Transportation community mourns Louis J. Gambaccini, a SEPTA legend and founder of NJ Transit
In a career that spanned more than 50 years, Gambaccini shaped transportation networks across some of the nation's densest metropolitan regions
This story originally appeared on PlanPhilly.
Louis J. Gambaccini, a former general manager of SEPTA and the first chairman of New Jersey Transit’s board, died at his home in Skillman, N.J., on Aug. 19. He was 87 years old.
In a career that spanned more than 50 years, Gambaccini shaped transportation networks across some of the nation’s densest metropolitan regions and mentored professionals who continue to influence daily commutes. The father of six served as the assistant director of the Port Authority of New York and New Jersey before founding NJ Transit in 1979 and then joining SEPTA in 1988, going on to serve as the Philadelphia area transit agency’s longest-tenured general manager. In 1997, Rutgers University recruited Gambaccini to lead its National Transit Institute. At Rutgers, he helped establish the Alan M. Voorhees Transportation Center and another new research institute dedicated to the betterment of transit.
After more than two decades at the Port Authority, Gambaccini was appointed New Jersey’s commissioner of transportation by then-Gov. Brendan Byrne. It was while leading NJ DOT that Gambaccini recognized the need for a dedicated transit agency to support the state’s aging bus and railroad networks, then in shambles.
“Lou was an unrelenting champion for the creation of NJ Transit,” said Jerry Premo, the first director of NJ Transit. “Lou created a mindset, an expectation, for excellence — excellence in service, excellence in physical assets, and excellence in people.”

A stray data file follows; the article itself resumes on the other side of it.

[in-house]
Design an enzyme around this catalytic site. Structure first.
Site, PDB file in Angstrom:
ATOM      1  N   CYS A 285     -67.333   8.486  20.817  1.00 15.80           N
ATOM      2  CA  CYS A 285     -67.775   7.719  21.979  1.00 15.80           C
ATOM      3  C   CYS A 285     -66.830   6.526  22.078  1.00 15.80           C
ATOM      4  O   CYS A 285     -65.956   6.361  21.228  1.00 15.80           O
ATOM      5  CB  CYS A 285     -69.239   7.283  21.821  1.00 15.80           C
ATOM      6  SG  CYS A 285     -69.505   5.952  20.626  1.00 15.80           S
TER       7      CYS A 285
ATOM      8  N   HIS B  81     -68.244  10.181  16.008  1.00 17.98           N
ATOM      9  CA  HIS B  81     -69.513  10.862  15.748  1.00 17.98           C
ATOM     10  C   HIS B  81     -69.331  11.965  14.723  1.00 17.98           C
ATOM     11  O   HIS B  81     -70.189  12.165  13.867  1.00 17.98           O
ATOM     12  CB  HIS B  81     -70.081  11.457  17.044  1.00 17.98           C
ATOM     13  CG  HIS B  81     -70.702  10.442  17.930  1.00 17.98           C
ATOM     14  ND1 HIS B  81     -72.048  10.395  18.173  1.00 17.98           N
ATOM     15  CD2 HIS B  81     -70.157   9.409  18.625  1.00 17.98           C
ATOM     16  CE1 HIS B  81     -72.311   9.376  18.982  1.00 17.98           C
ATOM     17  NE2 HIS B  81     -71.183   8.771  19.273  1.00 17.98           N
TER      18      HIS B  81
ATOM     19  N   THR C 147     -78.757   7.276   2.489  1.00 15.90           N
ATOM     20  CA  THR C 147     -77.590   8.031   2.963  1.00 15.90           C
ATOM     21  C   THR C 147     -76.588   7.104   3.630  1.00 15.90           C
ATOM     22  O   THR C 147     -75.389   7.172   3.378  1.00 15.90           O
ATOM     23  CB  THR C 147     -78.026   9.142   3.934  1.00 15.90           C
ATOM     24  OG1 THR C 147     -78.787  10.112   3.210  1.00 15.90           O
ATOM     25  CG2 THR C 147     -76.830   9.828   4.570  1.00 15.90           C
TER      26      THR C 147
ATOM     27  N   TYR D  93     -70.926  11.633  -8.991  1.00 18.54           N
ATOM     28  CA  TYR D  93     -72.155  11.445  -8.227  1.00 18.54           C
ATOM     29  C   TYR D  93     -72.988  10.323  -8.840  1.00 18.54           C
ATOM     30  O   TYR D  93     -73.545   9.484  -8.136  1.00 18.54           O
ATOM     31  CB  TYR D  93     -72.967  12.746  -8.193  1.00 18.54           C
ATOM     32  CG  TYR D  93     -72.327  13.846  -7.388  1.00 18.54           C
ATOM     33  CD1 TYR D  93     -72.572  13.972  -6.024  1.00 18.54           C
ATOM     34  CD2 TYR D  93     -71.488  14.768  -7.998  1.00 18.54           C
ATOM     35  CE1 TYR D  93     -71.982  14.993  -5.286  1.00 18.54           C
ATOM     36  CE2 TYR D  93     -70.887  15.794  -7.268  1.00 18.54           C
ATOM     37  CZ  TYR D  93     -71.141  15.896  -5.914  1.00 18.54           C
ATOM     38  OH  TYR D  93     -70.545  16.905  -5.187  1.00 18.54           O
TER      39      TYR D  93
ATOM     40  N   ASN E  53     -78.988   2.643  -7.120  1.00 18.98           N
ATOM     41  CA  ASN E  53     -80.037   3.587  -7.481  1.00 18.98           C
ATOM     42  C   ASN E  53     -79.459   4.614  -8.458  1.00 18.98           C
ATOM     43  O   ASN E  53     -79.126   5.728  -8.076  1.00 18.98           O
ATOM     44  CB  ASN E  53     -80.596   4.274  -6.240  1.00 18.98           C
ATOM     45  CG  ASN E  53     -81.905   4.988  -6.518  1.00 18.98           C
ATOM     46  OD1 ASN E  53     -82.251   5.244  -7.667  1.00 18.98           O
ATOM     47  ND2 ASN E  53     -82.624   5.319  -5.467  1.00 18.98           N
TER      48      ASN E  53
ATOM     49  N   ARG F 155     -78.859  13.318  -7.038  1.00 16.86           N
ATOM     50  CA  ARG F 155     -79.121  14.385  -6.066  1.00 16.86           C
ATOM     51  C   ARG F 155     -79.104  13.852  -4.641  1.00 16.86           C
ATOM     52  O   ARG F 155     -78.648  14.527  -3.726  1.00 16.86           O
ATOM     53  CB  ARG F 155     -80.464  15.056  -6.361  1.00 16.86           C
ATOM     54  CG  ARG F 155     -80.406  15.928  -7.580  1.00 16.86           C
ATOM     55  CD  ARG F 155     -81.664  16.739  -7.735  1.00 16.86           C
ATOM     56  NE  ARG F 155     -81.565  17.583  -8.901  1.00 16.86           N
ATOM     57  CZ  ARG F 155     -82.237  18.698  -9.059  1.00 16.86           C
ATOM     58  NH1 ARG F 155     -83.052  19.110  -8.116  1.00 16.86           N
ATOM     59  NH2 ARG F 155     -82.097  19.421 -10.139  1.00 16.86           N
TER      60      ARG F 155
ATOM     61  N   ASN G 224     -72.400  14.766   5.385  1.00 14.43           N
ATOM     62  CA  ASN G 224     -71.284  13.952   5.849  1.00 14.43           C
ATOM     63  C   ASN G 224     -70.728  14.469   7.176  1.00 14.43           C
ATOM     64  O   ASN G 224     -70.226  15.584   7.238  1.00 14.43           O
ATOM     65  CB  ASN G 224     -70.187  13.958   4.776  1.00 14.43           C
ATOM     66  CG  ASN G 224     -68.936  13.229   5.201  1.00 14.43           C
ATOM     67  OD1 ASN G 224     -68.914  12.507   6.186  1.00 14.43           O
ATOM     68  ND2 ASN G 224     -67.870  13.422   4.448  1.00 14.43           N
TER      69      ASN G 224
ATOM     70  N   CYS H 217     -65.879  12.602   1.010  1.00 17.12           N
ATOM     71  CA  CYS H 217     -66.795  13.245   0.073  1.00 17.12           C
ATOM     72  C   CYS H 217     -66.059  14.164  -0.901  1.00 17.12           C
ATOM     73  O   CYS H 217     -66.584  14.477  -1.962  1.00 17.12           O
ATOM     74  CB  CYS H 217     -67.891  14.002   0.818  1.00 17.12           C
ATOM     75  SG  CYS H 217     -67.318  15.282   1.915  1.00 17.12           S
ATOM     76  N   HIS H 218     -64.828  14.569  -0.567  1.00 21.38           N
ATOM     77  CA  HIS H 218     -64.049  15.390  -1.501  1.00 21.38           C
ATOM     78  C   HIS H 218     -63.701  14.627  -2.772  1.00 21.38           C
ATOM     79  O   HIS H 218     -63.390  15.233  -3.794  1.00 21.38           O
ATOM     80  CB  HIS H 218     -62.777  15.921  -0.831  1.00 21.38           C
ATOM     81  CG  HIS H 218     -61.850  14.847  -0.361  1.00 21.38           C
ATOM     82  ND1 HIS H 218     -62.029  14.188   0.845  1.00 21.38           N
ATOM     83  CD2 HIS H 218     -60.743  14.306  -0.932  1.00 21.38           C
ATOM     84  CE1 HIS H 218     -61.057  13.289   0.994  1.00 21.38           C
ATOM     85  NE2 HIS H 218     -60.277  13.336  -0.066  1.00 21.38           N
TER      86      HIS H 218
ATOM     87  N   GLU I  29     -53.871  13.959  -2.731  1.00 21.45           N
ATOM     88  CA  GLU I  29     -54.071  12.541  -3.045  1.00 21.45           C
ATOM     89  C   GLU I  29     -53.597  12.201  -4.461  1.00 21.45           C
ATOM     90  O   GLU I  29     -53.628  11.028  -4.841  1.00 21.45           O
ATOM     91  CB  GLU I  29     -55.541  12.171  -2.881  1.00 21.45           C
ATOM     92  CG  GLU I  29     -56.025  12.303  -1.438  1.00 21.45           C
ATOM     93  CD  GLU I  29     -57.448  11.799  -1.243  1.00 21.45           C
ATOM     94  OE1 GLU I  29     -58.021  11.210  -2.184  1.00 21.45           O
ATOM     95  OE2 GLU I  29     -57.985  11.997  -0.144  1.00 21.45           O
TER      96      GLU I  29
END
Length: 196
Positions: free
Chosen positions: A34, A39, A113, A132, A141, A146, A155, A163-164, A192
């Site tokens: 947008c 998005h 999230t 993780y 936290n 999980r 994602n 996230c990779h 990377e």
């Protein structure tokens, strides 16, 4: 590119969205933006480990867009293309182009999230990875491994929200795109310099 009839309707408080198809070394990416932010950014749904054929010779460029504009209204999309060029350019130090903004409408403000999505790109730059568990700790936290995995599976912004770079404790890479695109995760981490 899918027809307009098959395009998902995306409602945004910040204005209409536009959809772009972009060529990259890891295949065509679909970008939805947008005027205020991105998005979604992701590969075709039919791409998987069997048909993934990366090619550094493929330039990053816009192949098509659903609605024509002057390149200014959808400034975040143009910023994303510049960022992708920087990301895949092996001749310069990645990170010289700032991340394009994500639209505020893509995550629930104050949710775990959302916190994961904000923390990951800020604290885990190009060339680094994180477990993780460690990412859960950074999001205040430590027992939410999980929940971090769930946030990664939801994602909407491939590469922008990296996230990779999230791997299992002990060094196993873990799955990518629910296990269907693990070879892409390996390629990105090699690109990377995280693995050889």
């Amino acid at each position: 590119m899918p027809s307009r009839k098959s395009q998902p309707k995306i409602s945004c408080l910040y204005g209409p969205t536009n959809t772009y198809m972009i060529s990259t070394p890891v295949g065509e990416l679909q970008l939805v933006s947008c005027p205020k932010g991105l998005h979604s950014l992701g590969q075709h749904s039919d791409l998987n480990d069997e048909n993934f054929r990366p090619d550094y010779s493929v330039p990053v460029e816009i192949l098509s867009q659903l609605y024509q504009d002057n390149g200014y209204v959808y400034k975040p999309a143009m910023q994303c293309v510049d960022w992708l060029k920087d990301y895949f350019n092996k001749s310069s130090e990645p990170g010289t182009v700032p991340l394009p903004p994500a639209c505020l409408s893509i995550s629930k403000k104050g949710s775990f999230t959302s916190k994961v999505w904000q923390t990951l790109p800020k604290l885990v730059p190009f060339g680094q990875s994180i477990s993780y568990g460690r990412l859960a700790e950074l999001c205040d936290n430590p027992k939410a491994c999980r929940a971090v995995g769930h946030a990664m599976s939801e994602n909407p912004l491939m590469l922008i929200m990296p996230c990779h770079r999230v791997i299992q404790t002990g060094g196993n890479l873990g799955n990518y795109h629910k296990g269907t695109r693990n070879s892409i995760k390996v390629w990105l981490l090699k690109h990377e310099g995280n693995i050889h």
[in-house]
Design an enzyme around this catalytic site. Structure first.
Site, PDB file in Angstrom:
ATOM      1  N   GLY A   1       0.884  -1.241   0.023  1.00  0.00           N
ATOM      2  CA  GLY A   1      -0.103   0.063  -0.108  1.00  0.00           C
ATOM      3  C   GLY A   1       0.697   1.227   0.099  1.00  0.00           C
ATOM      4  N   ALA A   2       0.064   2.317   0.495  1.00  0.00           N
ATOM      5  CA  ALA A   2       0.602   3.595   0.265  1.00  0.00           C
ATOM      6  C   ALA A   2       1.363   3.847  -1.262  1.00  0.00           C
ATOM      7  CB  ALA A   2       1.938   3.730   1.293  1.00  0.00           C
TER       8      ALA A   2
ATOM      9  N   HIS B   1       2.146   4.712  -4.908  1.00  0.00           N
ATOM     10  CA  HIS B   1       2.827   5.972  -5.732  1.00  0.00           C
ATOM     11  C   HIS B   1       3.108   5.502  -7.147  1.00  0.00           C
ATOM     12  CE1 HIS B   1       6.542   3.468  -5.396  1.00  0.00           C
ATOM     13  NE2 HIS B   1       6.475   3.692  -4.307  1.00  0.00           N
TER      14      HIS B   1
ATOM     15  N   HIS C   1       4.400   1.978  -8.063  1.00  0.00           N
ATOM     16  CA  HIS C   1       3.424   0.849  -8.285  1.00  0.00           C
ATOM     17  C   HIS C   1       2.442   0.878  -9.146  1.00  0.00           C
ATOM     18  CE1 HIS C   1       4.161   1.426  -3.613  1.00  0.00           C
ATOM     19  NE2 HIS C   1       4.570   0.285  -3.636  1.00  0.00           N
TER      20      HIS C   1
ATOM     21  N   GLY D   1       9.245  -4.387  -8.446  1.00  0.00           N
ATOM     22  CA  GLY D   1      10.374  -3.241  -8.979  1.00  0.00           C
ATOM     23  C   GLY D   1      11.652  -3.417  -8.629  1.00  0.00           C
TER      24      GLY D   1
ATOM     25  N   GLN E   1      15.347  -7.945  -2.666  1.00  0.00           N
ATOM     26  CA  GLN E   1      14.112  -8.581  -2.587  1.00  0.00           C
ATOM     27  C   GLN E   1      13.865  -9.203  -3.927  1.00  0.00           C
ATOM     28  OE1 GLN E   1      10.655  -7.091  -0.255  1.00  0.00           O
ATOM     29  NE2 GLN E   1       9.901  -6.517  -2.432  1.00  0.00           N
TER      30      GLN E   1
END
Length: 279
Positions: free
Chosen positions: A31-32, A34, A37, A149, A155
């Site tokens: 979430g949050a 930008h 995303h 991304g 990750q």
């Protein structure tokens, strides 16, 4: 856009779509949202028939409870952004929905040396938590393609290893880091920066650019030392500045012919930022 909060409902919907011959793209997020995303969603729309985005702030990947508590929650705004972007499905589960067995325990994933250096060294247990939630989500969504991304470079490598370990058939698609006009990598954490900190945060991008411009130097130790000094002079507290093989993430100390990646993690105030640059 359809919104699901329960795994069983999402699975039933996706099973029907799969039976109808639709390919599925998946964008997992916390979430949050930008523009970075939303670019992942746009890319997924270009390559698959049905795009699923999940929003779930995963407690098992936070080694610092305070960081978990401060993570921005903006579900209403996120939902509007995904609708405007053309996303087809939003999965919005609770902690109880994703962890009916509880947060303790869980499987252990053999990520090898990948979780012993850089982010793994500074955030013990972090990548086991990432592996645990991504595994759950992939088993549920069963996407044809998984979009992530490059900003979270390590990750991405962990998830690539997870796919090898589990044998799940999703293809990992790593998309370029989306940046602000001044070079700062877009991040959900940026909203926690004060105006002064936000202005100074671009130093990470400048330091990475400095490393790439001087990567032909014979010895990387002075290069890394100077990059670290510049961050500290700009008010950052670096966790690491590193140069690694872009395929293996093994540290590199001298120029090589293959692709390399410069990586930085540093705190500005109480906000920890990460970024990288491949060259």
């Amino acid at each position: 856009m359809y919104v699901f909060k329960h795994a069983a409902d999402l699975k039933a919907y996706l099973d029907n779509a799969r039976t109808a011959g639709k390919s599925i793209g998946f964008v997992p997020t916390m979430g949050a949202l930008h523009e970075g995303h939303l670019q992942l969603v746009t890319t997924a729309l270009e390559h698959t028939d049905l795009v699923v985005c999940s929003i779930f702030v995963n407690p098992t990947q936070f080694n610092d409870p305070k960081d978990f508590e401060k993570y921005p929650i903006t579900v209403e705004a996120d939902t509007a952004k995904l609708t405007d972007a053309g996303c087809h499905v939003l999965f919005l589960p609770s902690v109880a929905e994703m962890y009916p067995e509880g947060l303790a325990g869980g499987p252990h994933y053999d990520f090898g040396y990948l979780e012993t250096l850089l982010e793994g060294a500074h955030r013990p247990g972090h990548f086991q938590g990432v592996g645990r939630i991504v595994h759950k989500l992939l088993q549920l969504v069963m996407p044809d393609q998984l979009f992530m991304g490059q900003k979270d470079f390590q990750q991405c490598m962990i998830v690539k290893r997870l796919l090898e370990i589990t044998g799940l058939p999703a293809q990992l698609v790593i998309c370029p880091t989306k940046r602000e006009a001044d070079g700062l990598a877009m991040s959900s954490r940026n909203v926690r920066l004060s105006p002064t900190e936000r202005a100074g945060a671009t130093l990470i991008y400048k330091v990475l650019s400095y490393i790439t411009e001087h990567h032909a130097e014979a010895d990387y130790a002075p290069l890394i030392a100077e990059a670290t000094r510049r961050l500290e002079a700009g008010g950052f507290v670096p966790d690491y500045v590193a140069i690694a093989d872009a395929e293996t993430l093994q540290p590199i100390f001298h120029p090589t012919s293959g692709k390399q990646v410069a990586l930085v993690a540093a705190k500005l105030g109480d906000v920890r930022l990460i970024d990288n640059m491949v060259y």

Gambaccini joined SEPTA as general manager at a time when the agency was struggling. He took on a major rebuilding project that would continue until he retired in 1997. Dick Voith, a member of SEPTA’s board of directors at the time, remembered Gambaccini’s entrance as a welcome change.
“Lou restored credibility in SEPTA after serious missteps, including hiring a general manager that lasted only three weeks,” Voith said. “He made huge progress in attaining more capital funding to rebuild the SEPTA system, and was a tireless advocate for public transportation.”
Rohan Hepkins, now the mayor of Yeadon, Delaware County, worked closely with Gambaccini at SEPTA in the 1980s. The mayor remembered Gambaccini’s tenure as transformative for the beleaguered agency, and credited him with the development of SEPTA’s modern headquarters at 1234 Market St. Previously, offices were spread across multiple buildings, which created divides and slowed down communication, Hepkins said. Gambaccini also supported employees across the organization, from drivers to white-collar professionals, he recalled.
“He encouraged career advancement and self-improvement,” Hepkins said. “He encouraged all of the workforce, not just the managers, to go back to school and finish their degree.”
Hepkins is one example of many who took that advice. By the end of his time with SEPTA, Hepkins had gotten his master’s degree, and Gambaccini had promoted him to head of customer service.
Today, Gambaccini’s legacy lives on within SEPTA’s executive offices. Jeffrey Knueppel, SEPTA’s current general manager, remembered how his predecessor helped him.
“For me personally, Lou played a big role in advancing my career,” Knueppel said. “As a young engineer, he gave me a rare opportunity to lead a construction group. That was instrumental in helping shape my career.”
Premo called this mentoring of young people in public transportation one of Gambaccini’s “truly distinguishing features,” something that set those public servants up for the future.
Visitation services are scheduled for Thursday at Hillsborough Funeral Home in Hillsborough, N.J., with a wake beginning at 2 p.m. Thursday and a Mass at 10 a.m. Friday.
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